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SAGE Open Med


Low-dose macrolides for treating pediatric rhinosinusitis: A retrospective study and literature review.


Seresirikachorn K, Chetthanon T, Suwansirisuk T, Aeumjaturapat S, Chusakul S, Kanjanaumporn J, Snidvongs K
SAGE Open Med. 2020; 8:2050312120933642.
PMID: 32647574.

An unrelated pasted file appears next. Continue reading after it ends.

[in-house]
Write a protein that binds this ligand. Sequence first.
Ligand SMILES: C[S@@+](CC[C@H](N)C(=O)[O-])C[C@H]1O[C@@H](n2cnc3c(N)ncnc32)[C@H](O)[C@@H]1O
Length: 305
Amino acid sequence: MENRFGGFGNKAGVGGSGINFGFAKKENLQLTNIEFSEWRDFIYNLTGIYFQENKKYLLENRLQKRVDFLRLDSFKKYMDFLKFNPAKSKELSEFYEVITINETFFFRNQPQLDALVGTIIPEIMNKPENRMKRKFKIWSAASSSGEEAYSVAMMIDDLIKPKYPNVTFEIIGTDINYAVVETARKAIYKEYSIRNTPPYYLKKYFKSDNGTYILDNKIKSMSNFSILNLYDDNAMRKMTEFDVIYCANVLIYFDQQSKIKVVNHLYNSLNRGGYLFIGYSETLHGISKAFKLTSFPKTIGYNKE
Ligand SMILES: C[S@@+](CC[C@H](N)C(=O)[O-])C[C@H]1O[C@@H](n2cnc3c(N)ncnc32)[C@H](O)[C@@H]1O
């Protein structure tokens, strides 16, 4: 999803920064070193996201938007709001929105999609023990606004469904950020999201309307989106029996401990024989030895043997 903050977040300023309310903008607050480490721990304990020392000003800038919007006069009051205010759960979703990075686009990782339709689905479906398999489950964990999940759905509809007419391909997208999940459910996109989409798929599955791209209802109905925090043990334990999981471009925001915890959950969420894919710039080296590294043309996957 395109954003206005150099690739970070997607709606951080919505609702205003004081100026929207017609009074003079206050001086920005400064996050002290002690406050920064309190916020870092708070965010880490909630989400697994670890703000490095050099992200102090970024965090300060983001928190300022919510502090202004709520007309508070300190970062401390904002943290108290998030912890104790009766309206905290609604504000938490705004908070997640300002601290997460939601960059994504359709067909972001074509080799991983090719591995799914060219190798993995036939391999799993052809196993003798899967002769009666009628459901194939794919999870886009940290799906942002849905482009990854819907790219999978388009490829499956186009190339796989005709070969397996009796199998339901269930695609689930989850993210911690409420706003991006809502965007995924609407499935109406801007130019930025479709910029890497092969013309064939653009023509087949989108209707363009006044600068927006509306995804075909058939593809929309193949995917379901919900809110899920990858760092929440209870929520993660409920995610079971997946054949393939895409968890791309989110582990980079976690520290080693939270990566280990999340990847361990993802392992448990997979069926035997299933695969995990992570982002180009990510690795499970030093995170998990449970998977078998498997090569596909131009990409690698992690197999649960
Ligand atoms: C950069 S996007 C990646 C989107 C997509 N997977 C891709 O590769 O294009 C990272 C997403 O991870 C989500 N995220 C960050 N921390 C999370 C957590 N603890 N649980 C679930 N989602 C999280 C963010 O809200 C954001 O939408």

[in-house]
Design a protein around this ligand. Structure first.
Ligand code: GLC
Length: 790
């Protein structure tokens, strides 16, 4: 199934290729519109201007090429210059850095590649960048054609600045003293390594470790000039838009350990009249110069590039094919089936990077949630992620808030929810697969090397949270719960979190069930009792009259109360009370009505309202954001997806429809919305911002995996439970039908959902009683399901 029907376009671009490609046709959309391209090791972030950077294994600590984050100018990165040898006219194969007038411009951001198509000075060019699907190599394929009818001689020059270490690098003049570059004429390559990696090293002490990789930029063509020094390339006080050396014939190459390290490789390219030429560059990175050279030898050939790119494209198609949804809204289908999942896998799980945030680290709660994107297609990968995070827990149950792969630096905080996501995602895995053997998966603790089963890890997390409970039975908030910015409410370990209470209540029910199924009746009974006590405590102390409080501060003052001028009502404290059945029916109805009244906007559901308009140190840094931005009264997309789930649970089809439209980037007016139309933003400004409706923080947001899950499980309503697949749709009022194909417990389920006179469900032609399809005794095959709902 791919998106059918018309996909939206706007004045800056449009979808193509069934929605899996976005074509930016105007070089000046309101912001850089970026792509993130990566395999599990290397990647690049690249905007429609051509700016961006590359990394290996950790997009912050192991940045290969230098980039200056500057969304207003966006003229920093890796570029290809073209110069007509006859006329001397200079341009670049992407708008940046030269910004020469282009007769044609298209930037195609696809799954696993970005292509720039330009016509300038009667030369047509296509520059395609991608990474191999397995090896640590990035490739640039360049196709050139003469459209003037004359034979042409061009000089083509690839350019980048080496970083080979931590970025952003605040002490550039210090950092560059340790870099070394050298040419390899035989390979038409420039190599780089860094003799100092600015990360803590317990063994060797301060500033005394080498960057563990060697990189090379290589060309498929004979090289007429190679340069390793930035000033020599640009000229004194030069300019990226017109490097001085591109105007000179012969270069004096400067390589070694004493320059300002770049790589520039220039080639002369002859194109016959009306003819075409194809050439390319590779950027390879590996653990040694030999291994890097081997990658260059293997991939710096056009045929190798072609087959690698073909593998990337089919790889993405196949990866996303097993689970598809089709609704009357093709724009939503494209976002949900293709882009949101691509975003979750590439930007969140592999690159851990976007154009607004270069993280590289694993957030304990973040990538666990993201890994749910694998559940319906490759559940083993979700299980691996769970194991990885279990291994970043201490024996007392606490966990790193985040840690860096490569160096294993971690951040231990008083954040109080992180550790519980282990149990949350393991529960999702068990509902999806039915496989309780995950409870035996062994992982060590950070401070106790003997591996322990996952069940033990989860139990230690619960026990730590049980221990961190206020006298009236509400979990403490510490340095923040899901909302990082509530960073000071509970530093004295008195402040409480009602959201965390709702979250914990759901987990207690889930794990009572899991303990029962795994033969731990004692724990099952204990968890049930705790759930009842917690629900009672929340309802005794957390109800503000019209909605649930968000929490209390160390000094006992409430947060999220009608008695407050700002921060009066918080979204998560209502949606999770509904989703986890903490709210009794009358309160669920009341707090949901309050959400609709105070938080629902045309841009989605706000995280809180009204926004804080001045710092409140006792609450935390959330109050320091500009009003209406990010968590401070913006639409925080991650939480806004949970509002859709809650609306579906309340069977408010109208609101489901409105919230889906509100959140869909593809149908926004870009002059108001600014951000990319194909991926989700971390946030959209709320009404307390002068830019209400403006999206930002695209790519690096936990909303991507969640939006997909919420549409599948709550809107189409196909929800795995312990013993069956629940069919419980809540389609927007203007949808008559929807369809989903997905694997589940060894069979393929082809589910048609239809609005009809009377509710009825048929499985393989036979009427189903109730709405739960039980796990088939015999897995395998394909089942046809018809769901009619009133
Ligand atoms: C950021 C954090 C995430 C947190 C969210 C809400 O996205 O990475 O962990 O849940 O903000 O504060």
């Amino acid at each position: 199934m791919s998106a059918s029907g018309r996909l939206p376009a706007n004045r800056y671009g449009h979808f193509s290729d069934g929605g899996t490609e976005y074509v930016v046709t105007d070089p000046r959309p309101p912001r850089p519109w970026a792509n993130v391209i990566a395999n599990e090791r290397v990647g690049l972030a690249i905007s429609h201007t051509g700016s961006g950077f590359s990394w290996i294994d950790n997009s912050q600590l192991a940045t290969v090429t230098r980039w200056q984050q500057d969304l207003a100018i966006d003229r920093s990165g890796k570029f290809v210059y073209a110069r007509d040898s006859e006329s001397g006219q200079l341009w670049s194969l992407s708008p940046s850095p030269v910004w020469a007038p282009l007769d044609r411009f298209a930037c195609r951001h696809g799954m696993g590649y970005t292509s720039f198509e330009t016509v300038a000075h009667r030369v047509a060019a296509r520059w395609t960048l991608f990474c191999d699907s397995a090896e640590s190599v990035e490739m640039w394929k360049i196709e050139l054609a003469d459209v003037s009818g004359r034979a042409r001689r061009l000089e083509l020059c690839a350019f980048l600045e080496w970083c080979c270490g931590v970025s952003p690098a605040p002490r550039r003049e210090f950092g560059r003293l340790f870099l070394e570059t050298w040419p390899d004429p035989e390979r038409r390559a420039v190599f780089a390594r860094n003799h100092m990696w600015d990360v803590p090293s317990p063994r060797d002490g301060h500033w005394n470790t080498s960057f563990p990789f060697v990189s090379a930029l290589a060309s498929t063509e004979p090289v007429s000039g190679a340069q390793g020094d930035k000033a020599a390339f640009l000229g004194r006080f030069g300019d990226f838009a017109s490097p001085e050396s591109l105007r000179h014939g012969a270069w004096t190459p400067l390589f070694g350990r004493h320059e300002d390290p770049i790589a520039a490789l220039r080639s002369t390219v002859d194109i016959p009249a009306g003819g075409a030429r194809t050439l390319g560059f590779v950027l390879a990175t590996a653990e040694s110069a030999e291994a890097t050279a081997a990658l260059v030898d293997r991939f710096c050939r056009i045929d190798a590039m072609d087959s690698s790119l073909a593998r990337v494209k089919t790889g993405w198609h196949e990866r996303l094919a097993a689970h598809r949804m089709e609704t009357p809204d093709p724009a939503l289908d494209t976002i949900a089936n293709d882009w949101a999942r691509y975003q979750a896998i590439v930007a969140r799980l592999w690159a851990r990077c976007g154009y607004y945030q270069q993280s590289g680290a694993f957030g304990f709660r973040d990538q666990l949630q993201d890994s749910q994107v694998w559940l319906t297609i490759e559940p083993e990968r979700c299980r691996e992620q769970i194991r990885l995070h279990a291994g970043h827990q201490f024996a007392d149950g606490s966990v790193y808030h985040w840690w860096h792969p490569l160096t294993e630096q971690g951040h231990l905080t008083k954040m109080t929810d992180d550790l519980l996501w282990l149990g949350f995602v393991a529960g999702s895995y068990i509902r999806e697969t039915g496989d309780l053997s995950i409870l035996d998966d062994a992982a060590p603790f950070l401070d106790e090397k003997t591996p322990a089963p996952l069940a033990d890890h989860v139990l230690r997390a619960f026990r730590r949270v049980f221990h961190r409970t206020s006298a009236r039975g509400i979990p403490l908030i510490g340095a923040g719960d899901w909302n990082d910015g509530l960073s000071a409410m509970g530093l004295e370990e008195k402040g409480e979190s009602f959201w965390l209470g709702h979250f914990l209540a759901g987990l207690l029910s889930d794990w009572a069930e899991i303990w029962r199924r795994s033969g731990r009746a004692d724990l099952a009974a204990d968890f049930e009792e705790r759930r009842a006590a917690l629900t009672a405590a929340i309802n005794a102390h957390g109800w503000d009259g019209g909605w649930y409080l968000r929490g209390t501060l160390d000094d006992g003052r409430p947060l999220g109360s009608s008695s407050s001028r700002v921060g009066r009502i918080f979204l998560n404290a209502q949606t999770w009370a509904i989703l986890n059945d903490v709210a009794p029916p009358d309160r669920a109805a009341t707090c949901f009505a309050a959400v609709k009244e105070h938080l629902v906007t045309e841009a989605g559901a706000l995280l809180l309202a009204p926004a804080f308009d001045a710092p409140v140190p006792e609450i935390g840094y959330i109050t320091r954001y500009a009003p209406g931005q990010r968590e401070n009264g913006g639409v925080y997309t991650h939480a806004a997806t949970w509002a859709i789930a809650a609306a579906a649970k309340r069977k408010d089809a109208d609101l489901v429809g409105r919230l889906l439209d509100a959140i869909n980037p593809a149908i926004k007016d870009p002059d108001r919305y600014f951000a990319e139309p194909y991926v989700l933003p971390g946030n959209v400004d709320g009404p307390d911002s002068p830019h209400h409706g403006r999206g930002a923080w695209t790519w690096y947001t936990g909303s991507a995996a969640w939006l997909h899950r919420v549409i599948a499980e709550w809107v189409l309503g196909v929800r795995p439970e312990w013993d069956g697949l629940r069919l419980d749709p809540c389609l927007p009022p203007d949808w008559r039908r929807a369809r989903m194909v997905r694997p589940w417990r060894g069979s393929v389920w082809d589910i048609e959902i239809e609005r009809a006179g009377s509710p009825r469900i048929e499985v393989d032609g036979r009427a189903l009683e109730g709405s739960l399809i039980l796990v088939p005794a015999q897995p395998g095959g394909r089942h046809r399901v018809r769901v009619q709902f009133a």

The effects of low-dose macrolide (LDM) therapy on pediatric chronic rhinosinusitis (CRS) patients are unknown. This study aimed to assess the effectiveness of LDM for treating pediatric refractory CRS. A retrospective study was conducted by a medical chart review. Pediatric CRS patients (age <15 years) who received LDM after standard medical treatments failure between 2013 and 2019 were identified. The LDM treatments with any macrolide agents, doses, and regimens were included. Any co-interventions were allowed. Duration of the LDM therapy was ≥6 weeks. Outcomes were the total nasal symptoms by the visual analogue scale (TNS), presence of individual symptoms, physician-assessment nasal discharge and adverse events. Six patients (67% male, mean age 7±3.4 years) were assessed. All patients had failed to intranasal steroids and nasal saline irrigation but continued. The addition of LDM significantly improved TNS (mean difference ± standard deviation 5.83 ± 1.33; 95% confidence interval 4.44-7.23, p< 0.001). At the end of treatment, the numbers of patients with individual symptoms were decreased: nasal obstruction (100%-67%), rhinorrhea (83%-50%), hyposmia (50%-0%), cough (100%-33%), and physician-assessment thick mucoid discharge (33%-0%). No patients had facial pain. One patient reported mild tolerable nausea. Preliminary findings of this study showed some beneficial effects of LDM added to intranasal steroids and nasal saline irrigation in pediatric CRS after standard treatments failure. The beneficial effects included the improvements of the TNS and individual nasal symptoms and decrease in thick mucoid discharge.